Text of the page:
Christianity is a Pro-Life Religion

By: Noah Shaw

As the 2024 elections approach, Christians may be wondering how their faith intersects with political issues currently spotlighted in our modern culture. One of these hot-button issues is abortion, a topic I am passionate about, and one I would like to write about today. My goal today is to show that Christianity is a pro-life religion and that as a result, Christians should take a pro-life stance. This does not mean that being pro-choice automatically invalidates one’s faith, but that Christianity as a whole largely witnesses the stance that abortion is wrong.

One of the primary questions that frame the abortion debate is: What is life in the womb? I believe that Students for Life, a national pro-life organization, articulates the pro-life belief well when they state that “a human being obtains personhood, inherently, at the moment of creation (fertilization/conception).” I believe that every pro-life individual would agree with this – that among all stages of pregnancy (germinal, embryonic and fetal), life in the womb is a human being. 

From my understanding, the pro-choice position would disagree with that statement. When Planned Parenthood describes how abortion works, they describe what is removed as a “pregnancy” or “pregnancy tissue,” rather than a child. Furthermore, I cannot find anything on their website that describes germinal, embryonic or fetal activity in the womb as being a human life. Based on this I can summarize what I believe to be the pro-choice stance on what life in the womb is: during pregnancy, a woman does not carry a human being. Some pro-choice individuals do draw lines on where human life begins, such as an age of fetal viability, yet these can largely differ from person to person, and almost always exclude the first trimester and a portion of the second trimester of pregnancy.

Both pro-choice and pro-life individuals would agree that the killing of an innocent human being is morally detestable. God Himself agrees with this, and He tells Noah “Whoever sheds the blood of man, by man shall his blood be shed, for God made man in his own image,” (Genesis 9:6). To God, human life is valuable and human beings are made in the image of God. Based on the definitions presented above, the pro-life position would extend this value placed on human life to the mother’s womb, while the pro-choice position would not.

The Bible places a high value on life in the womb. Psalm 139:13 says “You formed my inward parts; you knitted me together in my mother’s womb.” God tells Jeremiah “Before I formed you in the womb I knew you,” (Jeremiah 1:5).

From these verses, we can see that God does value the process of pregnancy, and pays special attention to what is going on. God identifies current individuals with their time in the womb. For both David and Jeremiah, the Bible presents the idea that life in the womb was theirs. David and Jeremiah as people were formed in the womb, not a group of cells that would later become David and Jeremiah.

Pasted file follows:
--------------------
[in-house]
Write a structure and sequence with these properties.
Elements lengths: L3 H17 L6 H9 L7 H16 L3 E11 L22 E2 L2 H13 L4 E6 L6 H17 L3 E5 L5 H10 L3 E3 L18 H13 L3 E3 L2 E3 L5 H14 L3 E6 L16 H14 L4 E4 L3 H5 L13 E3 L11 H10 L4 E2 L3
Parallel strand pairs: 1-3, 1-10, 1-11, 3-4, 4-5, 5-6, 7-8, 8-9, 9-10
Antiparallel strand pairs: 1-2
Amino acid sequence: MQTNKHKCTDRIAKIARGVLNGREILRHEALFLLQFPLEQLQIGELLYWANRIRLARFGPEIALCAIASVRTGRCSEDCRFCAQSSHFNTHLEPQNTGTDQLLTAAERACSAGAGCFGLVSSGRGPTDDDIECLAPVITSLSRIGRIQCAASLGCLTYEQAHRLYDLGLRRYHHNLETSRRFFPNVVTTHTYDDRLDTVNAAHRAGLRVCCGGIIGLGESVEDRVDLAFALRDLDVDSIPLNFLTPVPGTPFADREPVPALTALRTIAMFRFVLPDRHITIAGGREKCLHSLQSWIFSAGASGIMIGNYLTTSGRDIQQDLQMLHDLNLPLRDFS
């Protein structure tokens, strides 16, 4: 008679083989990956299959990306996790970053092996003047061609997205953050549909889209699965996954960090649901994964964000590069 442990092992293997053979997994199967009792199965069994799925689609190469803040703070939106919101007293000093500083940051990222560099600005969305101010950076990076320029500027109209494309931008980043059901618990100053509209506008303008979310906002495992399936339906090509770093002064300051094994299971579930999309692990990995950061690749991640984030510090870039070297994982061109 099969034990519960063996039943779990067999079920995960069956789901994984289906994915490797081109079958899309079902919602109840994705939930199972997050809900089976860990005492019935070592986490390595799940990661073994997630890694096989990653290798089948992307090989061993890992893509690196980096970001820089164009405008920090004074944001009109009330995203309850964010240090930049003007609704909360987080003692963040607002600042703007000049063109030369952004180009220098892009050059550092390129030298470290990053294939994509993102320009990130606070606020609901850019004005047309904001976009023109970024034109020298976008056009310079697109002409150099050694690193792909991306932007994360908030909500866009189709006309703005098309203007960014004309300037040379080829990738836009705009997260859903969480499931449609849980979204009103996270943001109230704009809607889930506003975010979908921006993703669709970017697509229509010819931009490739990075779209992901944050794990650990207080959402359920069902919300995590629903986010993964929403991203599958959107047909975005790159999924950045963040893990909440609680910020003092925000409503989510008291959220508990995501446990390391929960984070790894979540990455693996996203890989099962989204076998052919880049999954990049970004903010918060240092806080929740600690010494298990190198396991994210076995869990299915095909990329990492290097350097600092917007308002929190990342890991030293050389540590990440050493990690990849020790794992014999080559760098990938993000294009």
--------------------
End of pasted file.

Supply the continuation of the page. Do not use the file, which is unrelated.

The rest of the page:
The Law of Moses also places a value on life in the womb. Exodus 21:22-23 states that “If people are fighting and hit a pregnant woman and she gives birth prematurely but there is no serious injury, the offender must be fined whatever the woman’s husband demands and the court allows. But if there is serious injury, you are to take life for life.”

There are two things we can take from this passage. First, life in the womb is directly identified as a child. Pregnant women are described as carrying a child, a being completely separate from the mother. This would be in line with the pro-life position. Secondly, accidentally causing a pregnant woman to prematurely give birth was regarded as an evil action. If the woman or child was seriously injured, ancient Israel would take a life for a life. If accidentally terminating a pregnancy was considered wrong, I would argue this logic extends to abortion, which terminates a pregnancy by intention.

The Gospel of Luke continues to identify life in the womb as a human life. When Mary visits Elizabeth, we see that “when Elizabeth heard the greeting of Mary, the baby leaped in her womb,” (Luke 1:41). Elizabeth verbally confirms this when she tells Mary “When the sound of your greeting came to my ears, the baby in my womb leaped for joy,” (Luke 1:44). Both the gospel writers and Elizabeth herself identify that there is a baby in the womb. This baby was identified as being separate from the mother, which is a core belief in the pro-life position.

Finally, if we adopt the pro-choice stance, that mothers do not carry a human being, that life in the womb is a clump of cells or simply an extension of the mother, everything we know about Jesus is put into question. A foundational belief of the Christian faith is that Christ is fully God, fully man. If we adopt the pro-choice stance, then we would need to admit that in the womb, before an “age of viability,” Christ was fully God yet not fully a human life. 

Throughout God’s Word, there is high importance placed on life in the womb. Scripture testifies that God knew individuals before they were born, giving preborn life a sense of identification and individuality. Other parts of Scripture attest that life in the womb is identified as a human child. If life in the womb is a human being, as Scripture attests, then that life should not be intentionally ended. Israel’s Law further supports this fact, strongly denouncing those who would harm a child by causing them to preemptively leave their mother’s womb. Because of these things, I believe that Christianity is firmly a pro-life religion, and I cannot see how anybody genuinely and faithfully reading God’s Word could come to a different conclusion.